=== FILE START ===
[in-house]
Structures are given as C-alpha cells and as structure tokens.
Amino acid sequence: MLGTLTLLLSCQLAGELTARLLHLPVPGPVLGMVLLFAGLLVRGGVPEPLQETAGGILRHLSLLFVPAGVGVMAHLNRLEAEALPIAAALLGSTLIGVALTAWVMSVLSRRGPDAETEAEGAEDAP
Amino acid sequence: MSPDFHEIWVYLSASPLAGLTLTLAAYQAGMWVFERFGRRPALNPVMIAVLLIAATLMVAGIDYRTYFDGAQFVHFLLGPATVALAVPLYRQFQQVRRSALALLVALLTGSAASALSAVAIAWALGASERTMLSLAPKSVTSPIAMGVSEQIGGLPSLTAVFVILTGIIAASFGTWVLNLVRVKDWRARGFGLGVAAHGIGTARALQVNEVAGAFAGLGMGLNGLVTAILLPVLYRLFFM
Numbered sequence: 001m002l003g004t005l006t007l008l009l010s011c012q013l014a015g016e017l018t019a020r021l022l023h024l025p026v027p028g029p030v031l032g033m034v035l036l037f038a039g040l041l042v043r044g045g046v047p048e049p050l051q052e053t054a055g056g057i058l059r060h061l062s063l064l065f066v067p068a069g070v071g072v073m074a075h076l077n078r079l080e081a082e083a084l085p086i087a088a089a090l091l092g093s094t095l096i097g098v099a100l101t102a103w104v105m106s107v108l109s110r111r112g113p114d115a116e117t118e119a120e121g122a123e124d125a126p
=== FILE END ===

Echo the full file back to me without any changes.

[in-house]
Structures are given as C-alpha cells and as structure tokens.
Amino acid sequence: MLGTLTLLLSCQLAGELTARLLHLPVPGPVLGMVLLFAGLLVRGGVPEPLQETAGGILRHLSLLFVPAGVGVMAHLNRLEAEALPIAAALLGSTLIGVALTAWVMSVLSRRGPDAETEAEGAEDAP
Amino acid sequence: MSPDFHEIWVYLSASPLAGLTLTLAAYQAGMWVFERFGRRPALNPVMIAVLLIAATLMVAGIDYRTYFDGAQFVHFLLGPATVALAVPLYRQFQQVRRSALALLVALLTGSAASALSAVAIAWALGASERTMLSLAPKSVTSPIAMGVSEQIGGLPSLTAVFVILTGIIAASFGTWVLNLVRVKDWRARGFGLGVAAHGIGTARALQVNEVAGAFAGLGMGLNGLVTAILLPVLYRLFFM
Numbered sequence: 001m002l003g004t005l006t007l008l009l010s011c012q013l014a015g016e017l018t019a020r021l022l023h024l025p026v027p028g029p030v031l032g033m034v035l036l037f038a039g040l041l042v043r044g045g046v047p048e049p050l051q052e053t054a055g056g057i058l059r060h061l062s063l064l065f066v067p068a069g070v071g072v073m074a075h076l077n078r079l080e081a082e083a084l085p086i087a088a089a090l091l092g093s094t095l096i097g098v099a100l101t102a103w104v105m106s107v108l109s110r111r112g113p114d115a116e117t118e119a120e121g122a123e124d125a126p